30 November 2006

What Nobody Says About Social Security

One of the reasons that social security is projected to be a problem is that our population is aging. This problem of more retirees per working person is even worse in places like Italy and Japan. Whereas as one point about 7 - 10 people all chipped in to fund the social security payments of the retired, the projection is that once baby boomers retire the ratio will be more like 4 - 5. Obviously this strains the system.

But system boundaries can be redefined. If you instead define the problem of one of working to non-working population, the problem is less onerous. It is not just those over, say, 65 who working people have to carry; they also carry those under, say, 20. It is worth remembering that as the number of children drops, the ratio of working people to children will raise. If at one point there were about 4 - 5 working people chipping in for the schooling, etc., of every minor, the projection is that it'll be more like 7-10 in the future.

Looked at as a problem of working age population to not-working population (a group made up of school-age children and Winnebago-driving seniors alike), the problem is easier to solve.

(Blogger's note - I'm quickly writing this note in between breakfast and the start of my work day. My researcher has yet to show up for work (and I'm not sure what year they are scheduled to start but apparently it isn't this year), so the numbers I've used are for purposes of illustration only and would match reality only by coincidence. Further, the cost of funding retirement is greater than the cost of funding schooling, so the ratio doesn't have to neatly flip in order for the funding to neatly flip. The point is, you get the point.)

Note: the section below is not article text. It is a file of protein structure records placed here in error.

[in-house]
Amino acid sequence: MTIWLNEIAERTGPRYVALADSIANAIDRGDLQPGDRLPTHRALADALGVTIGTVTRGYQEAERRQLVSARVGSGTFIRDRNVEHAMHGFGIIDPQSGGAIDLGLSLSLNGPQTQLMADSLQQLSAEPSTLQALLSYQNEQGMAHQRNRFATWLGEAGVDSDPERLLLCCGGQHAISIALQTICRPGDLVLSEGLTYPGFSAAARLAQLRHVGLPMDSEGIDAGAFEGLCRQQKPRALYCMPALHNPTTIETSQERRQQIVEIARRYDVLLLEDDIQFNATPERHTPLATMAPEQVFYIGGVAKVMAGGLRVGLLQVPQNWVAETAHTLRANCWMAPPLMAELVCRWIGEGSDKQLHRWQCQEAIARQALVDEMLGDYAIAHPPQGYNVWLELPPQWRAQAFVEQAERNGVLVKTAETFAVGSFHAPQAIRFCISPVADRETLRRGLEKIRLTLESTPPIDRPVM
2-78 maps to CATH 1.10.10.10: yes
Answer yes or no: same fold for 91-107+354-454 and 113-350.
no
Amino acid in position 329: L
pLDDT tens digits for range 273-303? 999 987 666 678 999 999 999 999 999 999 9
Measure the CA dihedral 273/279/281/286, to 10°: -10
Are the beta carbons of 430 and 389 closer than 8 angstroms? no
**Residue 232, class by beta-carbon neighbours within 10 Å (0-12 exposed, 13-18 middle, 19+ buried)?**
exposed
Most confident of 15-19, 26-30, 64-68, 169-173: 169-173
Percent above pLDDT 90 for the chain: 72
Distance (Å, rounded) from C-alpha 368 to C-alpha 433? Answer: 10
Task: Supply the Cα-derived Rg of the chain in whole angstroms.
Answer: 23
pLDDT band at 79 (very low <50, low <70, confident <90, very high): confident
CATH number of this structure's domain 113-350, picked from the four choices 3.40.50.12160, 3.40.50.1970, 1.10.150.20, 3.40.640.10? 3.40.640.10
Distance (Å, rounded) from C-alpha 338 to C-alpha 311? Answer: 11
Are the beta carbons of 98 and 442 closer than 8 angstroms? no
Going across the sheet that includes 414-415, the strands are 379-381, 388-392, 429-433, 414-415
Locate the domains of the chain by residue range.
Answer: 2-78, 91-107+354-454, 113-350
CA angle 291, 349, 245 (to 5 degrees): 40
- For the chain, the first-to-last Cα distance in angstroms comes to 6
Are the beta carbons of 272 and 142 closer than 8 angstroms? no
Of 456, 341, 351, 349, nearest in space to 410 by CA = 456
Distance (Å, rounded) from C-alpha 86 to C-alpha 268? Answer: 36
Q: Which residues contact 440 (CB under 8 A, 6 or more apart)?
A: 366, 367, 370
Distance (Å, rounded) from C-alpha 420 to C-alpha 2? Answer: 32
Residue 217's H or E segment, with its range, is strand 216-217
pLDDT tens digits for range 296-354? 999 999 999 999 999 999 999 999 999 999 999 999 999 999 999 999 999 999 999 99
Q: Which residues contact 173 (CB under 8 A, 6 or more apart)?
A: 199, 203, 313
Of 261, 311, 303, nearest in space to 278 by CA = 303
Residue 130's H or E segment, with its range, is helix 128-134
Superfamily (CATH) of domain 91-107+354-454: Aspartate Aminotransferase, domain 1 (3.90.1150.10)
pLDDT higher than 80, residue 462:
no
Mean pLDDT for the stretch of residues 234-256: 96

Conservatives don't point this out because they don't want to save social security. Like a man who doesn't wake up his wife in a house fire - not because it would have been too dangerous but because he already had his eye on a younger, sexier wife - conservatives are hell-bent on private accounts (a bad idea that deserves its own posting).

Liberals don't point this out because it suggests shifting money from education to retirement, a budget change that sounds like they're giving up on the future - or at least it sounds like they are giving up on the teacher's unions, one of their stronger supporters.

1 comment:

Dave said...

Your idea is attractive, though I see a structural problem beyond the initial question of whether the dollars "flip" as you put it.

Social Security is funded by the feds after they take it from the working population by taxing income. Education is funded by state and local government in the form of property taxes, for the most part.

State and local governments are unlikely to reduce property taxes and give the income source to the feds for Social Security, rather than diverting it to other local spending, even if they realize the money isn't needed for education.

Even if they did, the feds are seemingly incapable of refraining from diverting money from the Social Security "trust fund" to mask the debt they are piling up by other spending. I don't think they would be any more responsible with a new source of income.

Still, as I said, an attractive idea.